Welcome to the the National Energy Policy Development Group, formed earlier this year by President George W. Bush to plot an energy future that is less reliant on foreign oil and less vulnerable to natural-gas price spikes and shortages. "If these were easy issues, the Clinton Administration would have taken care of them," Vice President Cheney told TIME. His group meets in secret much to the chagrin of Democrats, who were attacked by the opposition when Hillary Clinton's infamous health-care task force operated behind closed doors. Hillary tried in vain to sort the winners from the losers in health care. In the Fossil Fuel Club, everyone's a winner.
The big prize in Cheney's energy sweepstakes will go to a resource of which America has a 250-year supply and a nasty history: coal. Last week Cheney aides summoned its champions to a White House auditorium to give them the good news. There were West Virginia coal baron James (Buck) Harless, who raised at least $100,000 as a Bush "Pioneer"; Stephen Addington, president of Kentucky-based AEI Resources, whose executives gave more than $600,000 to Republicans last election; and lobbyists for Peabody Energy, the biggest digger in the country, whose chairman gave the Republican Party more than $250,000 last year. Money to burn, perhaps. "We were told coal is an important part of the Administration's energy strategy," says Bill Raney, president of the West Virginia Coal Association, who came to Washington with scores of other carbon enthusiasts.
Certainly coal has some positives. It is plentiful, accessible and cheaper to transport than gas or oil. Despite those benefits, coal was orphaned by the Clinton Administration as a sooty legacy of the Industrial Revolution, responsible for everything from acid rain to increasing incidence of asthma. And because of the high costs of pollution controls on coal-fired plants, utilities have turned to cleaner-burning natural gas for 90% of new plants. But by Cheney's estimate, the country will need at least 1,300 new electric-power plants over the next 20 years. And coal, which already generates more than half of U.S. capacity, is a logical choice to power many of them.
Cheney insists that "good politics is a sound energy policy." But coal has political energy that other fuels can't match. It's plentiful in the political-battleground states of the Midwest and Southeast. West Virginia, the capital of coal, provided Bush his margin of victory in electoral votes and marked a G.O.P. breakthrough. Sources tell TIME that White House political director Ken Mehlman cited Bush's victory in that Democratic presidential stronghold as a reason why he should renounce a campaign pledge to regulate carbon dioxide, a major coal pollutant. "The current political climate is the best we've seen in many years," says a major coal-company lobbyist.
Task-force sources say coal-fired electric utilities are likely to get an easing of environmental rules for modified plants, a change that would be worth a fortune in new coal consumption. The industry has already reaped benefits from the Bush team, with executives named to key jobs at Commerce, Interior and other departments. Coal representatives helped man Bush transition teams, putting them in position to lobby against CO2 controls from the inside. Just before the President flip-flopped on the greenhouse gas in March, he visited West Virginia and pledged that he would "convince many in the country who don't believe we can have a clean-air policy and burn coal at the same time."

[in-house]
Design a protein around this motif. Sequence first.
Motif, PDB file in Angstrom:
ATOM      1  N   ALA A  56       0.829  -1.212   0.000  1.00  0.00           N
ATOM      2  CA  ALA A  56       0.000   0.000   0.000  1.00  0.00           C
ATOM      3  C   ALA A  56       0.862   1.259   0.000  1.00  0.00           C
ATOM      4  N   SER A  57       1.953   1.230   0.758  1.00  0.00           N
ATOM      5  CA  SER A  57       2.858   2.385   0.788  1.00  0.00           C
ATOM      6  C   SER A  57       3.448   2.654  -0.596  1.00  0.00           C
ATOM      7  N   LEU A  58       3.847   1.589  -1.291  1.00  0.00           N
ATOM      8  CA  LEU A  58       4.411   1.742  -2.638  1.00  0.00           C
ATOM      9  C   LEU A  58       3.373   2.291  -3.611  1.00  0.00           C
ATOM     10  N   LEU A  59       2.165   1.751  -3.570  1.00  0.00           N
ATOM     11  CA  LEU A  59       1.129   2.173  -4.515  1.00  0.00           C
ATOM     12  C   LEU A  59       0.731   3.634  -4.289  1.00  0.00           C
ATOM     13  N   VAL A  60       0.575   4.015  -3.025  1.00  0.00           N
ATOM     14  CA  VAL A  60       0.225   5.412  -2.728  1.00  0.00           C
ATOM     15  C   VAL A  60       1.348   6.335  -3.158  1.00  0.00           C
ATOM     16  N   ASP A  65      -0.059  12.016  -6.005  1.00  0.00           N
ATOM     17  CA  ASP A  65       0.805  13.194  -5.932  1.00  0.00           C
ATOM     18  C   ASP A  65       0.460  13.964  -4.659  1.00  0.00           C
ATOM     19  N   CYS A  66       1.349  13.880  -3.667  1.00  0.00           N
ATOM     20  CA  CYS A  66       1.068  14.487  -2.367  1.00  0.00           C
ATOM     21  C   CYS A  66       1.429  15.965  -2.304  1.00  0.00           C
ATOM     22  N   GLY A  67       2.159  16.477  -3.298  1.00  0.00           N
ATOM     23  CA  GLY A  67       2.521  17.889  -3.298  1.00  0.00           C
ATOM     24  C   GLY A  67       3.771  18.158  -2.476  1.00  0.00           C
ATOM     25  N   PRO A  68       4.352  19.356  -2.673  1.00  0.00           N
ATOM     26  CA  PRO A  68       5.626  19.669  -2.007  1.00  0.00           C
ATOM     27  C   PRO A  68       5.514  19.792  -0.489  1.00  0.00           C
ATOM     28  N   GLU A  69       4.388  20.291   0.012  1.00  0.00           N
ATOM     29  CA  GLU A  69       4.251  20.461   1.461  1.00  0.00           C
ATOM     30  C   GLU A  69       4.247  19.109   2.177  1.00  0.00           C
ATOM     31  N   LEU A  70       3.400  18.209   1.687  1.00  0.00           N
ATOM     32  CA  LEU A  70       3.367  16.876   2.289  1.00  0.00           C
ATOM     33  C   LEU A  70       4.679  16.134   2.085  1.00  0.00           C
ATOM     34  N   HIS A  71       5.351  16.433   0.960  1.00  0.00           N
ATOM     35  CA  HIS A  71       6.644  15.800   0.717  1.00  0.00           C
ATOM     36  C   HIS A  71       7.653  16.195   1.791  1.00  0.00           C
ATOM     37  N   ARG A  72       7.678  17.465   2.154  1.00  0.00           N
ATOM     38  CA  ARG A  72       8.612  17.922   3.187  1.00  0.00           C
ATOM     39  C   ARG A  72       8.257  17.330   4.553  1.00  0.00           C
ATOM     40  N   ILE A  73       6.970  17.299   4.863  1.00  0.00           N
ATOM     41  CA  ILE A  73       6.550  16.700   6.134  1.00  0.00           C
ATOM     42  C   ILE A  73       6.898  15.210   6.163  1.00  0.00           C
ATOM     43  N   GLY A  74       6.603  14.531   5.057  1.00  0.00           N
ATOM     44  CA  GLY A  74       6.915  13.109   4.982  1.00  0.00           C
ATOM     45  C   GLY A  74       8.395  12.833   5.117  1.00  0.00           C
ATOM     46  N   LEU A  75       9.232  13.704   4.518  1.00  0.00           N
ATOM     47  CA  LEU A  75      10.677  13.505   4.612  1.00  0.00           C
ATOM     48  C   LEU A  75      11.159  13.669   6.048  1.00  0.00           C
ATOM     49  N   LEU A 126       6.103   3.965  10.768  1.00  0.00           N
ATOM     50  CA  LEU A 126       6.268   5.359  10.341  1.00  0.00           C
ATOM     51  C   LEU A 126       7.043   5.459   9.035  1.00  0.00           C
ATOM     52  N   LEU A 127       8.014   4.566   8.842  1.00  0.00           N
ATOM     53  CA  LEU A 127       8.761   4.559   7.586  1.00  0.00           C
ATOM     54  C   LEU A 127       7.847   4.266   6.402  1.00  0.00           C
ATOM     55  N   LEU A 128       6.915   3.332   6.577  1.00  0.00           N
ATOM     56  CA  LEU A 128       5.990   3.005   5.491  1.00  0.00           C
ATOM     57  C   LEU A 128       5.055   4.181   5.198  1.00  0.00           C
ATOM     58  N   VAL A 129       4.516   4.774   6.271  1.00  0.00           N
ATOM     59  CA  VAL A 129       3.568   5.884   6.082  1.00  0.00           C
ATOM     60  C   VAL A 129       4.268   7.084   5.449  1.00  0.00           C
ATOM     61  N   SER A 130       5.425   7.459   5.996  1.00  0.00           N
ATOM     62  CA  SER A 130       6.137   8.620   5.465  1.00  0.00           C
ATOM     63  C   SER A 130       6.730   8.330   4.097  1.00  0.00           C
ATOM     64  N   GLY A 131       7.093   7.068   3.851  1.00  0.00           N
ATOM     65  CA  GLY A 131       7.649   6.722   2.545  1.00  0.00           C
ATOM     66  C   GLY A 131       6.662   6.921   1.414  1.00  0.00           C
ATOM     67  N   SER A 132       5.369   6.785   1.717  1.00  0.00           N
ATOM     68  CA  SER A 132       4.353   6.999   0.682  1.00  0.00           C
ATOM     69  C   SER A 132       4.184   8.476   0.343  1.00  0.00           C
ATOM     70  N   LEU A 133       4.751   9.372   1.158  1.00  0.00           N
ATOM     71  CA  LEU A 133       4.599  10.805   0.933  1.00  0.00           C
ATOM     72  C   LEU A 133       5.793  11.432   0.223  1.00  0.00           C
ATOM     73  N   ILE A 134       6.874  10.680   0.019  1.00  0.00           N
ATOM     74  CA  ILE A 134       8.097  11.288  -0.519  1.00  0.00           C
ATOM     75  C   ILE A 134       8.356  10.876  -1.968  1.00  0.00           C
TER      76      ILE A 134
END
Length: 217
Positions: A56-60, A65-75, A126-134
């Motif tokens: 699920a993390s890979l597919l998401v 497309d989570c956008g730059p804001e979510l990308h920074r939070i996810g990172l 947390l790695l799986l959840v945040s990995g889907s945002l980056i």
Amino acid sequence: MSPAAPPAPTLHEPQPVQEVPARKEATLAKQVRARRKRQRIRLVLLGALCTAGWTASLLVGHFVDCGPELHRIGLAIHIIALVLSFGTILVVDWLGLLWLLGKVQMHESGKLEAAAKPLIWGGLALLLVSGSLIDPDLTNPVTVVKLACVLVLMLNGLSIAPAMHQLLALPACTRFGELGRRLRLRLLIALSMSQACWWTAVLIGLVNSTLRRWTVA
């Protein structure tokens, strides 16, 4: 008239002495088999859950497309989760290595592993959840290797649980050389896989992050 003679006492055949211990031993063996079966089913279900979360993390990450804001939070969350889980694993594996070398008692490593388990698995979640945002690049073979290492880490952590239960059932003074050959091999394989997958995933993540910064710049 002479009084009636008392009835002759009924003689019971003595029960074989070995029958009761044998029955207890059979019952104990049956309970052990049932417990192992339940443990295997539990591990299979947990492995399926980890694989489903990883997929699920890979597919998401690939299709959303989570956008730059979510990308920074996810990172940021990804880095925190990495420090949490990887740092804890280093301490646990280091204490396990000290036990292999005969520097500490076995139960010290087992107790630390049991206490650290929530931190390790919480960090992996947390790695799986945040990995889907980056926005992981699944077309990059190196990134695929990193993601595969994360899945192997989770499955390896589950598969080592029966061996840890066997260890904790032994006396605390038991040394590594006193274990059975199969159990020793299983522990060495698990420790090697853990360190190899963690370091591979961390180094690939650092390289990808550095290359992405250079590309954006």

Among those who need convincing are environmentalists. They view the Administration plans to spend $2 billion on "clean coal technology" as a wasteful subsidy to an industry that has long dodged pollution controls. Harmful emissions have been reduced 70% since 1970, but critics argue there has been no cut in CO2 emissions, a major culprit in global warming.
The coal industry is busily helping the Administration make its case. The National Mining Association brought in as its president Jack Gerard, a well-known Republican lobbyist and former Senate aide with easy access to the new White House. A coalition of mining companies, coal transporters and electricity producers known as Americans for Balanced Energy Choices is funding a $10 million ad blitz to improve coal's image. Another group, called the Coalition for Affordable and Reliable Energy, or CARE, is focused on Washington policymakers, plastering pro-coal posters on the capital's subway system.
Coal isn't the only winner. The Cheney task force is nearing approval of other proposals that have the energy industry humming:
Nukes are suddenly on the table again, even though the industry has not ordered a domestic generator since the Three Mile Island disaster 22 years ago. And the panel is considering new money for research into disposing of nuclear waste, the most toxic garbage ever created.
For oil and gas, the task force will recommend exploration on sacrosanct federal lands including the controversial Alaska National Wildlife Refuge and possibly offshore tracts.
Plans to encourage new electricity grids our power lines are shot and gas pipelines stand to be recommended.
Development of renewable fuels such as solar, geothermal and wind will get tax credits.
Bush has held three working sessions with the task force, which is scheduled to send its report to the printer's this week. The President is planning a high-profile rollout in mid-May, including three days of travel to sell his proposals. If that doesn't heat up America's energy debate, blackouts in California and elsewhere this summer should do the job. Democrats in Congress, which must approve many of the panel's ideas, are relishing the opportunity to brand Bush as an environmental rogue. Beyond that, there's the nimby problem. California might be going dark, but would Republicans living in Santa Barbara approve a new coal-burning or nuclear plant in their backyard? Would anyone?